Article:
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Publication numberUS3203250 A
Publication typeGrant
Publication dateAug 31, 1965
Filing dateNov 29, 1962
Priority dateNov 29, 1962
Publication numberUS 3203250 A, US 3203250A, US-A-3203250, US3203250 A, US3203250A
InventorsCoggeshall Norman D, Doolen Orville K
Original AssigneeGulf Research Development Co
Export CitationBiBTeX, EndNote, RefMan
External Links: USPTO, USPTO Assignment, Espacenet
Sampling apparatus
US 3203250 A
Abstract  available in
Images(2)
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Claims  available in
Description  (OCR text may contain errors)

Aug. 31, 1965 N. D. COGGESHALL ETAL 3,203,250

SAMPLING APPARATUS Filed Nov. 29, 1962 2 Sheets-Sheet l l I l l I l i i I w 9 1 Li I =2 i I l i I :Q %\QL.1 I i l N VE N TORS. Mama 0. C066E5HALL Y ORV/ALE K. OOOLEIV A TTOR/VEY 1955 N. D. COGGESHALL ETAL 3,203,250

SAMPLING APPARATUS 2 Sheets-Sheet 2 Filed Nov. 29, 1962 ATTORNEY.

United States Patent 3,203,250 SAMPLING APPARATUS Norman D. Coggeshall, Verona, and Grviiie K. Doolen,

Oakmont, Pa, assignors to Guii Research 8; Development Company, Pittsburgh, Pa., a corporation of Delaware Filed Nov. 29, 1962, Ser. No. 240,882 4 Claims. (Cl. 73-422) This invention relates to apparatus for sampling a body of liquid and for analyzing the samples taken therefrom, and more particularly, to apparatus for on-line sampling of a flowing liquid stream where said analysis is carried out at temperatures, pressures and flow rates that are different from those of the flowing liquid stream.

Automatic, on-line analysis of liquid process streams frequently presents problems that are not encountered when the analysis is carried out by routine laboratory procedures. For example, the temperature, pressure and flow rate of the process stream being subjected to analysis are functions of the process conditions, and these conditions may not be those best suited for the particular method of analysis required. This difliculty may be compounded when the viscosity of the liquid subjected to analysis is significantly different at the desired analytical conditions from its viscosity in the process stream.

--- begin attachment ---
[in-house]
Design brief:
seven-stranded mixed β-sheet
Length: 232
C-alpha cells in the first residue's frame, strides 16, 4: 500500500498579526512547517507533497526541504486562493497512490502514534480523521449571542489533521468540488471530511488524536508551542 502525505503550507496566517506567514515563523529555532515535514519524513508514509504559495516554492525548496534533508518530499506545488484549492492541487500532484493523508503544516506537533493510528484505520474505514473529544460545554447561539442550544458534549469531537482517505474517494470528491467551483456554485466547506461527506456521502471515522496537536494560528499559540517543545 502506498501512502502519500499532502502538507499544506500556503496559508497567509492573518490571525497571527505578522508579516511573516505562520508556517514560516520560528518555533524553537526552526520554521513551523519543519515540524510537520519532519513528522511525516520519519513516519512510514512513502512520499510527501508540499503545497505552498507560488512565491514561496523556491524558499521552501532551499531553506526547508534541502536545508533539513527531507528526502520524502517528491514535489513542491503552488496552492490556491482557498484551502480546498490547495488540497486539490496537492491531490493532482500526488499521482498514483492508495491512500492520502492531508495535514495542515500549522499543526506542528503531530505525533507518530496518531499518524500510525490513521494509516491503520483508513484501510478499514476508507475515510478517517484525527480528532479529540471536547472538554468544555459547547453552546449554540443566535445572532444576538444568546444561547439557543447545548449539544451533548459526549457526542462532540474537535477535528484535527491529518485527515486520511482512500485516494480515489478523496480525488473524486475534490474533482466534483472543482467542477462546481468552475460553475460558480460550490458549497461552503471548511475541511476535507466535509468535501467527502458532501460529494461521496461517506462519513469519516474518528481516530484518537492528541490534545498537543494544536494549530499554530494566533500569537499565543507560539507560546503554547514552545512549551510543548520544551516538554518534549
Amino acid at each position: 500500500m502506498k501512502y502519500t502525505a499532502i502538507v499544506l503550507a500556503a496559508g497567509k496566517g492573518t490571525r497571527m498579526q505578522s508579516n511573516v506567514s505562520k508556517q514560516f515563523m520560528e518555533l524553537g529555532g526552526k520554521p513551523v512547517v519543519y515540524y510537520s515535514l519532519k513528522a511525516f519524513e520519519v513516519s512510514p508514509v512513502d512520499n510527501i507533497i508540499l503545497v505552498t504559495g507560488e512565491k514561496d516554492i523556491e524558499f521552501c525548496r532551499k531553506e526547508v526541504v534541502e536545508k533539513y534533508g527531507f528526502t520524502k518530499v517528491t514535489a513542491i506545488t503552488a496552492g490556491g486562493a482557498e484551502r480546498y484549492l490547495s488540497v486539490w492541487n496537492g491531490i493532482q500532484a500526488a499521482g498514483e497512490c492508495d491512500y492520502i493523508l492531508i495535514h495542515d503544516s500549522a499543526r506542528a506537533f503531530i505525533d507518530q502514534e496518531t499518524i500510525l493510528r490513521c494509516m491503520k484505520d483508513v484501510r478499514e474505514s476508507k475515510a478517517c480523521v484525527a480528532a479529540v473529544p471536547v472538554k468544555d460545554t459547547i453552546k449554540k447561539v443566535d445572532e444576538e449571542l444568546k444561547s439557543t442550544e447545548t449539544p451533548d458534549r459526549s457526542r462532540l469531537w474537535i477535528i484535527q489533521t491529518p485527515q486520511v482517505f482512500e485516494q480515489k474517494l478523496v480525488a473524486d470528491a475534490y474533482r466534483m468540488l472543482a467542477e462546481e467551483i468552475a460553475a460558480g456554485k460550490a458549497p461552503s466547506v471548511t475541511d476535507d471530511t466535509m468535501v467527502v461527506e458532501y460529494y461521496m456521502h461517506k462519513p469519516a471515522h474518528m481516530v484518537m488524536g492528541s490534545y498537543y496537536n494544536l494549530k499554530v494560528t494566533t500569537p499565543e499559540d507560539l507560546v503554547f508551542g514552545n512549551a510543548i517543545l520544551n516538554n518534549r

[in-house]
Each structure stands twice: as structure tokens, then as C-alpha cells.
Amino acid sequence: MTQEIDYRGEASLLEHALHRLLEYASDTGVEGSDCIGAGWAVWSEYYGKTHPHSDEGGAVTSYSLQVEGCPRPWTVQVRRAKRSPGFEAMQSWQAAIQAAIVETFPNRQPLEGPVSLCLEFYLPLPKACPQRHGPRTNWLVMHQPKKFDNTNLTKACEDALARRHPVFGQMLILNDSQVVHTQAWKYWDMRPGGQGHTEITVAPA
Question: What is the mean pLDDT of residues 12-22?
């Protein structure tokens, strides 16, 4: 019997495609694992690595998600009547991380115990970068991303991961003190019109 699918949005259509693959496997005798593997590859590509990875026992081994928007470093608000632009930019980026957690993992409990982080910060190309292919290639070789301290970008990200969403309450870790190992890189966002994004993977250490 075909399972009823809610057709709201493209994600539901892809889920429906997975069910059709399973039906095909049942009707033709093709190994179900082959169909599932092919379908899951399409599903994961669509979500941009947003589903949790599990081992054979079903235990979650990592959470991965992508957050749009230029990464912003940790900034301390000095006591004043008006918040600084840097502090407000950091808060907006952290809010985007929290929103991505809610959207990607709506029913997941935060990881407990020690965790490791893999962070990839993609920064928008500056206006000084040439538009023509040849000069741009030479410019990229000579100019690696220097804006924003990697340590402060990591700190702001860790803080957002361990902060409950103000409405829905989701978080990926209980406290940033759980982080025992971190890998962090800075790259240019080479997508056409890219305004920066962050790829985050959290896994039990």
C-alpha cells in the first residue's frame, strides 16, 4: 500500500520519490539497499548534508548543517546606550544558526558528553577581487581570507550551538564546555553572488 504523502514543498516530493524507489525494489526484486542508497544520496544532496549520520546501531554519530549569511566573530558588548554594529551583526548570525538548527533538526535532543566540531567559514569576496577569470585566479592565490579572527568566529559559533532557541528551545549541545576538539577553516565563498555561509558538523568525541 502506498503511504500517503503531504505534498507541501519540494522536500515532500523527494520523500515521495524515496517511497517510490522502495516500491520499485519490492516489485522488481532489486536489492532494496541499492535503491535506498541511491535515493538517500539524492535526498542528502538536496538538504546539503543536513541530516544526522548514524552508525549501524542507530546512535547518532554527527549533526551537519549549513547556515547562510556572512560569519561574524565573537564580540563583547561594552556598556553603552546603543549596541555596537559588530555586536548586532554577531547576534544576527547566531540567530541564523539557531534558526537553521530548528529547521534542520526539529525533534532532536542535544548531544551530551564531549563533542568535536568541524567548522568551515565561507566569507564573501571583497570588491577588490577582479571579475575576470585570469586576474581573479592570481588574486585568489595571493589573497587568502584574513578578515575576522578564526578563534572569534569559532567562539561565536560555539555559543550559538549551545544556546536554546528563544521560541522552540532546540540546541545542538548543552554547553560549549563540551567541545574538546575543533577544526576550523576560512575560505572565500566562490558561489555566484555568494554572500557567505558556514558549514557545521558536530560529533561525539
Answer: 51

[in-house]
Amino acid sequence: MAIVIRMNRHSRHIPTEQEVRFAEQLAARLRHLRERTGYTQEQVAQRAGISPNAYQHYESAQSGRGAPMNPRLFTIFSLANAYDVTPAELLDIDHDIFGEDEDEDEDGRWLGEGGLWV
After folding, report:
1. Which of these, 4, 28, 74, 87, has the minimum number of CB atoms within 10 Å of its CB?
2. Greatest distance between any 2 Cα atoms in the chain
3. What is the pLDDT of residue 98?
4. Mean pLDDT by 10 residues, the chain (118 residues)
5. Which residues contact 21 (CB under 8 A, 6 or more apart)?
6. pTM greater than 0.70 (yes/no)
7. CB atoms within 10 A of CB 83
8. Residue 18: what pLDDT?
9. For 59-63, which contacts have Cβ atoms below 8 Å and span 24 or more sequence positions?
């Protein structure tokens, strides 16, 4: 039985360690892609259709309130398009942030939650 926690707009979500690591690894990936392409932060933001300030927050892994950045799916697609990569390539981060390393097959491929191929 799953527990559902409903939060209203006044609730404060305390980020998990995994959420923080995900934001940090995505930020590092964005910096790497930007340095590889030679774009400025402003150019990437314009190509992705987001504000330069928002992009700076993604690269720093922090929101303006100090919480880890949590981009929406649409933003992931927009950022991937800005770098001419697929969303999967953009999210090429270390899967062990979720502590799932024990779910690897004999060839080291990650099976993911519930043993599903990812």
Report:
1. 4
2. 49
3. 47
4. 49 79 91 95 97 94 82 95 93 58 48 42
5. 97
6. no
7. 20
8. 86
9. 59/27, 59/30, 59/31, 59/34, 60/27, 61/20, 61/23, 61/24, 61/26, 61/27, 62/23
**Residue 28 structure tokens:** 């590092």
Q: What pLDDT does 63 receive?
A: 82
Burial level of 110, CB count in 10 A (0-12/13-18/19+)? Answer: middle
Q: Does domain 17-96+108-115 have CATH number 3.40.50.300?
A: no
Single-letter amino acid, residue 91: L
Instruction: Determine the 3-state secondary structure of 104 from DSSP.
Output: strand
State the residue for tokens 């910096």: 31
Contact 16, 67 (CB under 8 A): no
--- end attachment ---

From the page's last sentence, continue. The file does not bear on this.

By way of illustration, in the on-line analysis of a hydrocarbon oil refinery process stream, such as a vacuum distillation tower gas oil side stream, for vanadium content using an electron paramagnetic resonance spectrometric technique, it has been found that the process stream temperature pressure and flow rate are not well-suited for measurement of the particular physical property on which the analytical method depends. Thus, a typical temperature for a vacuum distillation tower gas oil side stream might be about 400 F., and a typical stream pressure might be about 125 p.s.i.g. At this temperature and pressure, the viscosity of the oil would be so low that accurate monitoring could not be obtained.

The problem of flow rate through the sample chamber of the analytical instrument is complicated by the fact that the flow rate of the process stream, on which the flow rate through the sample chamber ordinarily depends, is not constant but varies with changes in the process conditions and with changes in the properties of the oil being processed. Accurate monitoring cannot be achieved when the flow through the instrument pulsates.

Moreover, the sample chamber of the analytical instrument may not be able to withstand pressures of the magnitude encountered in a process stream. For example, the fused quartz sample chambers employed in EPR spectrometry are not adapted to withstand high pressures.